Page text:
Tag Archives: newassignment.net

Beatblogging & the Success of the Network

This is very interesting…I wrote a post last week about how we should emphasize curating instead of creating – relating to user-generated content. This morning I found this: http://www.buzzmachine.com/2007/11/12/glam-the-success-of-the-network/

The post is by Jeff Jarvis who is widely respected and hugely influential technology writer/blogger & journalism professor. About 7-8 paragraphs down he writes: “So Glam is a content network. But they don’t create all the content. They curate it. So we should curate more as we create less. That’s another way to say what I’ve said other ways: Do what we do best and link to the rest. Also: We need to gather more and produce less, so we also need to encourage others to produce more so we can gather it.”

I wholeheartedly agree and wonder if next-gen UGC will move toward model of User-Generated Curating – tools that enable users to selectively cull and repurpose the good stuff they’ve found elsewhere online.

Jarvis also directed me to Jay Rosen‘s latest project: Beatblogging.org – “a collaboration between 13 news organizations from around the country and NewAssignment.Net, to figure out how journalists can use social networks to improve beat reporting”.

I think there is some real value in exploring their model: gather a group of contributors around a specific ‘beat’ (topic/channel) and leverage that network to generate targeted stories and reporting. I’m curious to see how it will work for them and to see if and how it could be applied elsewhere.

Assignment Zero First Take: Wiki Innovators Rethink Openness

The first crowdsourced-created AZ feature on Citizendium has just been published at Wired.com and it looks great! Congrats to everyone who was involved in getting it done on such a short timeline.

Now, for the rest of us at AZ, we’ve got a few short weeks to pull together a hefty list of interviews and assignments – but it’s an excellent vote of confidence to see that the crowd can produce Wired-worthy news.

Keep on!

Remix the Mashup: the future of music and film

Today I am posting a call for contributors that has just been sent out to everyone involved with AssignmentZero, as I think it offers the most current and concise summary of what we’ll be covering for AZ’s film and music pages. Have a read and get in touch if you’re interested in contributing.

In 1987, a pair of young producers/radio DJs, known as Coldcut, stormed the UK dance music scene with a pioneering, sample-based style that featured a barrage of reworked rhythms and sound collages, set to a live accompaniment of synchronized film and video clips.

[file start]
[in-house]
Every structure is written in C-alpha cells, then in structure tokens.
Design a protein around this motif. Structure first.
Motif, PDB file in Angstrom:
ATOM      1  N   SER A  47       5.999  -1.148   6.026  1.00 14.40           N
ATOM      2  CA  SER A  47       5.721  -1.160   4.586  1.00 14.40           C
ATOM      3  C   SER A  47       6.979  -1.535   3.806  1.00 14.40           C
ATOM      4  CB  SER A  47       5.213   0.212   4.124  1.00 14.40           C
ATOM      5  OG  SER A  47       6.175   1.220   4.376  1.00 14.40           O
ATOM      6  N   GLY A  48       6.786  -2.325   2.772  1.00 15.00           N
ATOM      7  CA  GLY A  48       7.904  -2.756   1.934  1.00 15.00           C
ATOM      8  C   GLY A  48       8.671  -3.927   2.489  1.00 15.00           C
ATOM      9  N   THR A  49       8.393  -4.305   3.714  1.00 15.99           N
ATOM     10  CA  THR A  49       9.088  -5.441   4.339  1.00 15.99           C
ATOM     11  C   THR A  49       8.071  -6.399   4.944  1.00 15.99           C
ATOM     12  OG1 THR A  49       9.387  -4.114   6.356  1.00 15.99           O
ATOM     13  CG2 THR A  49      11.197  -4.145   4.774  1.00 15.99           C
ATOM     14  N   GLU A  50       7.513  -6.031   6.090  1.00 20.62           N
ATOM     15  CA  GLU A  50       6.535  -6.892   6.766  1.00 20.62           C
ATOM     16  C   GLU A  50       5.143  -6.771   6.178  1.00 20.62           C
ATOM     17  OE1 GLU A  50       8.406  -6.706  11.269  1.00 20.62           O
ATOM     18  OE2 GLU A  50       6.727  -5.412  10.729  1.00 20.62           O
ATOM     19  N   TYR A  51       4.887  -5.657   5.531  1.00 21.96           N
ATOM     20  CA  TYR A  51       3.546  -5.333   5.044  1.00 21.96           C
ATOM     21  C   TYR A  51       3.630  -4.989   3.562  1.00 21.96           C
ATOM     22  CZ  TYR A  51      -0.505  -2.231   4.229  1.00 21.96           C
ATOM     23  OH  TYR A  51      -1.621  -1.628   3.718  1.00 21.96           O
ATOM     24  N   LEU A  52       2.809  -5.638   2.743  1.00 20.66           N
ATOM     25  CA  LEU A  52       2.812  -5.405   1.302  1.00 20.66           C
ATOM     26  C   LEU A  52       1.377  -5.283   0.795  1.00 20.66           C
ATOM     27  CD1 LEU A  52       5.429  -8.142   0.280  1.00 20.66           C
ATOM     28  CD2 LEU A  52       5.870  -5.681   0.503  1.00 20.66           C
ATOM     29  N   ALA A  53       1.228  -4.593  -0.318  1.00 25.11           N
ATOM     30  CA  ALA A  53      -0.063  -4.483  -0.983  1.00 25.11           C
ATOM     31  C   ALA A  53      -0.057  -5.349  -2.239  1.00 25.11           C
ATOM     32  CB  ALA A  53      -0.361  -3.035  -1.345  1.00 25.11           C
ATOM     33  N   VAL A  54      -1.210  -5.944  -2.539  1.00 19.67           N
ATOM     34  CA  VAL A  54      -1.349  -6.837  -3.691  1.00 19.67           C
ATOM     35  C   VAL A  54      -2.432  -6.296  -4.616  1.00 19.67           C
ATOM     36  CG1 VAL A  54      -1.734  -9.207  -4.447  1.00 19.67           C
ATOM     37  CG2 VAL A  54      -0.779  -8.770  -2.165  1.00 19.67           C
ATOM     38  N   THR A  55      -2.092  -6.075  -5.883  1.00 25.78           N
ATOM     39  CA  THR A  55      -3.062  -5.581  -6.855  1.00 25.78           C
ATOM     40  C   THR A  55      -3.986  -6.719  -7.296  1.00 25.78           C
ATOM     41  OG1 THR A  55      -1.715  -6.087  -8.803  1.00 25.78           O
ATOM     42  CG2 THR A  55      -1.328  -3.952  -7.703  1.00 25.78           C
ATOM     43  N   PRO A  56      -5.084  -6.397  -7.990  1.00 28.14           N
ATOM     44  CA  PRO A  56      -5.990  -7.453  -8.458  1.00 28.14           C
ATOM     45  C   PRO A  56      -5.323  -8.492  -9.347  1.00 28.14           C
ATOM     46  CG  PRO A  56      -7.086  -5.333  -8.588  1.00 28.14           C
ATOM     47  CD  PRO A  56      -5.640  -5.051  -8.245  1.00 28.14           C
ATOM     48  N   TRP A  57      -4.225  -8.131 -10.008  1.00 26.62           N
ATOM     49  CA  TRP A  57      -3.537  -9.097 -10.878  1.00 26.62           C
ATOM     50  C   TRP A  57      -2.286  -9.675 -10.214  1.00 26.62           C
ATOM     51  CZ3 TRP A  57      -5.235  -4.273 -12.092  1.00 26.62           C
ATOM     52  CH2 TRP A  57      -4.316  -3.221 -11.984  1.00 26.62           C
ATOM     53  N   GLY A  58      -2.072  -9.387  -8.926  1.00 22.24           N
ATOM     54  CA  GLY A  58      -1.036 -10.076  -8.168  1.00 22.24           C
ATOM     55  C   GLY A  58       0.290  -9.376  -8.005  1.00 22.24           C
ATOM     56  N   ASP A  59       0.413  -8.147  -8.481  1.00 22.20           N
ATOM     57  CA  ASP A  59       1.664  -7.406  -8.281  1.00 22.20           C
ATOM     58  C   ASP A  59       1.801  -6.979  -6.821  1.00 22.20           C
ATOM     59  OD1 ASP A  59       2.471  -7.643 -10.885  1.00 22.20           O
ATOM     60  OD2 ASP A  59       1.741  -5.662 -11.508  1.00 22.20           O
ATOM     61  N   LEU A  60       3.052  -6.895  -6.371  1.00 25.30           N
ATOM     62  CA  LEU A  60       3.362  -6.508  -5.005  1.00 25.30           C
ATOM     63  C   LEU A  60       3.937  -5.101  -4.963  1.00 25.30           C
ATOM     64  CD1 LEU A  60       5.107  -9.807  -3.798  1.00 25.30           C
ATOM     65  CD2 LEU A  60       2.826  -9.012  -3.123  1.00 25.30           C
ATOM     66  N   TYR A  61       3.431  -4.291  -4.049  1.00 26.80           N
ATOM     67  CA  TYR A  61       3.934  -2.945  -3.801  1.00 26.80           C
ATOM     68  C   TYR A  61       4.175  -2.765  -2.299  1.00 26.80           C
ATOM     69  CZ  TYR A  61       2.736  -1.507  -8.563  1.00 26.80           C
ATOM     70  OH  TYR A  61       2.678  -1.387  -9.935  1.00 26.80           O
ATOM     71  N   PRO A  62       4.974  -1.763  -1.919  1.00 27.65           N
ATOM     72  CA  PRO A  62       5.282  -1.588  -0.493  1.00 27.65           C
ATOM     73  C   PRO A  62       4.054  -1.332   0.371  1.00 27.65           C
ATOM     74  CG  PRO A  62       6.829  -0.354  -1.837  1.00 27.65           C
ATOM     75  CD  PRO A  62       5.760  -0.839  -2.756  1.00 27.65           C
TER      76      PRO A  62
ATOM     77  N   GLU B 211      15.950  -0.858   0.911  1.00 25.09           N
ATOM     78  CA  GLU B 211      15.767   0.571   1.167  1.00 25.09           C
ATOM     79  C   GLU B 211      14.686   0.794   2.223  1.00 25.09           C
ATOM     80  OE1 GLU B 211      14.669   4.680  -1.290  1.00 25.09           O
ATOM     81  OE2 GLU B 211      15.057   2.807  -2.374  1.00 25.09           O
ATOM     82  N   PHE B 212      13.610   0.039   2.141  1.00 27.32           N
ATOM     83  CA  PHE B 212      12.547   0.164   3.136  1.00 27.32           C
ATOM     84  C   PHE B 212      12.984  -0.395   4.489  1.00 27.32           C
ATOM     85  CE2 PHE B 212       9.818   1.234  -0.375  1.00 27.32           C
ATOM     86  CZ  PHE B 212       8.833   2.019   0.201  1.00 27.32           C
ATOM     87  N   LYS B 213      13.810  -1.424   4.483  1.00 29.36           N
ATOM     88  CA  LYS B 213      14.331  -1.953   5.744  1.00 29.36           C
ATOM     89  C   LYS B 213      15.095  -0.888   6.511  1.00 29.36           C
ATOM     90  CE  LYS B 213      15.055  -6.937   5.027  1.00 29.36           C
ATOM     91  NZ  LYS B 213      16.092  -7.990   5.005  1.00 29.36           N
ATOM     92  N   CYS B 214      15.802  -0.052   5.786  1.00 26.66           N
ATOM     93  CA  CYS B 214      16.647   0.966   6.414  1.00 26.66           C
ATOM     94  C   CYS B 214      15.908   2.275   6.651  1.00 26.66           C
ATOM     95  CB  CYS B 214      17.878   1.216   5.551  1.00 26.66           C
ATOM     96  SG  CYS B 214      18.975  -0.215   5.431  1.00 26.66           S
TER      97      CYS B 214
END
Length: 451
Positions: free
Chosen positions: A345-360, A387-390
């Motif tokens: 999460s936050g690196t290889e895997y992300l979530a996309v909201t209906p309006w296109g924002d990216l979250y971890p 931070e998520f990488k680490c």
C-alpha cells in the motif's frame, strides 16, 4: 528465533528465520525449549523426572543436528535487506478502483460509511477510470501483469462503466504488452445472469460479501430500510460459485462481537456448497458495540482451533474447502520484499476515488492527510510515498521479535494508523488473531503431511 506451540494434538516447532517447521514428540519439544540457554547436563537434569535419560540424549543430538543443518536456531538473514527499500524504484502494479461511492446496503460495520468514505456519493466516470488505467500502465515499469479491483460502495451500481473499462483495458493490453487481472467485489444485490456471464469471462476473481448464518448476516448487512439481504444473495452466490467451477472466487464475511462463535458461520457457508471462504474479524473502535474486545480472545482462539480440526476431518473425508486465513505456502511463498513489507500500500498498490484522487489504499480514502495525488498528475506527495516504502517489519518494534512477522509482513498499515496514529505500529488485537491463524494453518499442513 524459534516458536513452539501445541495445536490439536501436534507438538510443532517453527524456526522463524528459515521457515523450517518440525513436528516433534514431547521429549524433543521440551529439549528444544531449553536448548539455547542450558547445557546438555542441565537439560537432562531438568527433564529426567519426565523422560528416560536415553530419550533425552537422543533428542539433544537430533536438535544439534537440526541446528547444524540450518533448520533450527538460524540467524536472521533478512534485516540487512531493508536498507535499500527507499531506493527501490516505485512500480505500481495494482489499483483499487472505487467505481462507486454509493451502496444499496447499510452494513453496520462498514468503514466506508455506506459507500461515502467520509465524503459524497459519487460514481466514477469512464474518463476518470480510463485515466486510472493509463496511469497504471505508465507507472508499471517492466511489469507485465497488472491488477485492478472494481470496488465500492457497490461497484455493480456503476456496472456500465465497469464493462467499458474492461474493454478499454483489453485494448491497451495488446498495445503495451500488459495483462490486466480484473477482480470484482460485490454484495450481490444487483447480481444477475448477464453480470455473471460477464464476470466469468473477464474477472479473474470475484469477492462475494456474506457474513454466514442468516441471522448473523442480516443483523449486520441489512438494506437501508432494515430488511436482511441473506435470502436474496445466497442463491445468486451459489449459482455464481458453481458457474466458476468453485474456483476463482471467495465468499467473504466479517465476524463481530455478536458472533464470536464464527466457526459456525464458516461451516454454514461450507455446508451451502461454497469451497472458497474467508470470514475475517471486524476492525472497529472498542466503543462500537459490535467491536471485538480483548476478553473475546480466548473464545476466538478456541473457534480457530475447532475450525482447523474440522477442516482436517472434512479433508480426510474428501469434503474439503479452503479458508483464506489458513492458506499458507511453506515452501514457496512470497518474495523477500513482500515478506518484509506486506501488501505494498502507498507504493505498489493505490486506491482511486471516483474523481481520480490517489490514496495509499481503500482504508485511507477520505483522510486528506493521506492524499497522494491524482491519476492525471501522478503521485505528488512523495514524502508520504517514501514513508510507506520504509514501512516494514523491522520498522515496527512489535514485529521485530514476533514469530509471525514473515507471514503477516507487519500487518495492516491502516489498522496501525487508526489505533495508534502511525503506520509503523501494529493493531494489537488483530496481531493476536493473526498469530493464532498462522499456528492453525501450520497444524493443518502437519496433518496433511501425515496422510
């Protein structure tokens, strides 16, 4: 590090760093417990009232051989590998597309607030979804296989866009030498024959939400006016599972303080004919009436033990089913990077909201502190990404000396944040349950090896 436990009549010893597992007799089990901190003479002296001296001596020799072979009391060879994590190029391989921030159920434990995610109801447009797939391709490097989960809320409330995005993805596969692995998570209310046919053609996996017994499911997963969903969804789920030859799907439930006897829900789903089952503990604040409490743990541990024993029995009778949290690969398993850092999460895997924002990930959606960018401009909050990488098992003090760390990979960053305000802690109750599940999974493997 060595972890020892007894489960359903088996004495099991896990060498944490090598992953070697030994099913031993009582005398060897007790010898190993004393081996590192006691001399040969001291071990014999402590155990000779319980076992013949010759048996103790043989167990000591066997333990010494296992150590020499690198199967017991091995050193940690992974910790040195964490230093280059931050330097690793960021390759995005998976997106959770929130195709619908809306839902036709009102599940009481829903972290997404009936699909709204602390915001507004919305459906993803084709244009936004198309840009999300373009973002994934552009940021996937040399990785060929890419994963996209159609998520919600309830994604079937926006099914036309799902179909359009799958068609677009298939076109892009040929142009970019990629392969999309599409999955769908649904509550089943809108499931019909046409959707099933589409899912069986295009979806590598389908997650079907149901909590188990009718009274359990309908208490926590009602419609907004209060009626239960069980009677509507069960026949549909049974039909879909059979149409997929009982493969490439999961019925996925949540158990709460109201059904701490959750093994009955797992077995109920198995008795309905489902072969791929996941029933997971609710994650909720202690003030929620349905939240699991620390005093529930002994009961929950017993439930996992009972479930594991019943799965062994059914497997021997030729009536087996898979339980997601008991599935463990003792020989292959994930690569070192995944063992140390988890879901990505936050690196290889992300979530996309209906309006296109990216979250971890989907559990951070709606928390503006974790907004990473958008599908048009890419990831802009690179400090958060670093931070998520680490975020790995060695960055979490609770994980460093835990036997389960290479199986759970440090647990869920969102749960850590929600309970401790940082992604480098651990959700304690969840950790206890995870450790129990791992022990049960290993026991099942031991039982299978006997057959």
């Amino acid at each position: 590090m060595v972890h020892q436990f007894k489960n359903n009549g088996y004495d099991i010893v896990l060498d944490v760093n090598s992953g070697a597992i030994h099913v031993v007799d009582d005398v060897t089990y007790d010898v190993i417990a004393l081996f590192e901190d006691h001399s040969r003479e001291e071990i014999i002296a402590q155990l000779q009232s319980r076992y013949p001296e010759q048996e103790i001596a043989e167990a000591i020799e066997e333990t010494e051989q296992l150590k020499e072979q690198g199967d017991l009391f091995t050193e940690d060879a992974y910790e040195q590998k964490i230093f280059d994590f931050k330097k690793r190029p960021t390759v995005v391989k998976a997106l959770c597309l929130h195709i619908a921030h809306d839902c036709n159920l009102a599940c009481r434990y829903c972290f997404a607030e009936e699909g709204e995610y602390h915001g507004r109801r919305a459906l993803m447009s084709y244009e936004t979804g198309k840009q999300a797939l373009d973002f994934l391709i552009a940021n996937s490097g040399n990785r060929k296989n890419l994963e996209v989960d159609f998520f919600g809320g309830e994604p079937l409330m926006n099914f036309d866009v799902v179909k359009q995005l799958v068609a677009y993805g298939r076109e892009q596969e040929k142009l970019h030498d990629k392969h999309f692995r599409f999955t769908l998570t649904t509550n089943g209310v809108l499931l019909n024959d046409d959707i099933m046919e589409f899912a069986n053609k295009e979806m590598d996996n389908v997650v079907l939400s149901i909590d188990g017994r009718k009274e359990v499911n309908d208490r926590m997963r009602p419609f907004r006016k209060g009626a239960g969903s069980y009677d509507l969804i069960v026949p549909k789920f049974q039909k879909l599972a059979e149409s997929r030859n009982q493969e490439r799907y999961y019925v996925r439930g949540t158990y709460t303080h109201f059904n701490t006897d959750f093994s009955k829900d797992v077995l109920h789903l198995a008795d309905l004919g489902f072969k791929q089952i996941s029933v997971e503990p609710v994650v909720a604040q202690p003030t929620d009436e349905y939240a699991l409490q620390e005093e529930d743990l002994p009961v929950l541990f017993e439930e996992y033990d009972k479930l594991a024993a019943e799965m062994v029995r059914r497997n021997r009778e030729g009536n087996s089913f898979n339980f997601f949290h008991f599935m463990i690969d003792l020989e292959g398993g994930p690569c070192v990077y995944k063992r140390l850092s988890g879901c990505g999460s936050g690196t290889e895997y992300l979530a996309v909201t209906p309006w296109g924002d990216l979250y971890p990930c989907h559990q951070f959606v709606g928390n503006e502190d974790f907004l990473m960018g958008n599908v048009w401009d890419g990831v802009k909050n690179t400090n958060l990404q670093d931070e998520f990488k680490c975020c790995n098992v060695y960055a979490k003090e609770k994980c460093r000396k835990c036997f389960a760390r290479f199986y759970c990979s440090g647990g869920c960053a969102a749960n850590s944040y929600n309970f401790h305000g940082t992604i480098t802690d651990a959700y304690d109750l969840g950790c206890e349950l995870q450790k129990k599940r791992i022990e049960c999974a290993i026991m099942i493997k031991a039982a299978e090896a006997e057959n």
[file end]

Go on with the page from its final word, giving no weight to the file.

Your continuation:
Who could have anticipated that, twenty years later, this hybridized aesthetic would give rise to a cultural movement in remixed music, mashed-up film, and crowdsourced art?

From online remix/mashup music communities like SpliceMusic.com, to collaborative film productions like A Swarm of Angels, the art of making art has been radically transformed by the crowd. Songs are being written collaboratively by musicians located around the globe, and films are being funded using crowdsourced donations and created through public participation in every stage of production. Artists are increasingly embracing the ethos of open-source, and joining Coldcut with a call to: “Let the data be free!”

These are the new forces driving open-source culture: projects that cultivate “participatory experience” by allowing public access to art, artists, and creative processes; projects that enable creative collaboration between people regardless of location; and projects that can be downloaded, remixed, mashed-up, and shared.

What kinds of songs are being written collaboratively? What kinds of films are being crowdsourced? What are the benefits of creating art in this way?

AssignmentZero is interested in examining how the languages of sound and cinema are being transformed by crowdsourcing. If music and film are your passions and you can volunteer between 5-10 hours over the next three weeks, please join me in looking at the future of free music and art.

How to get involved:

* Choose your focus. Music? Film? Or both?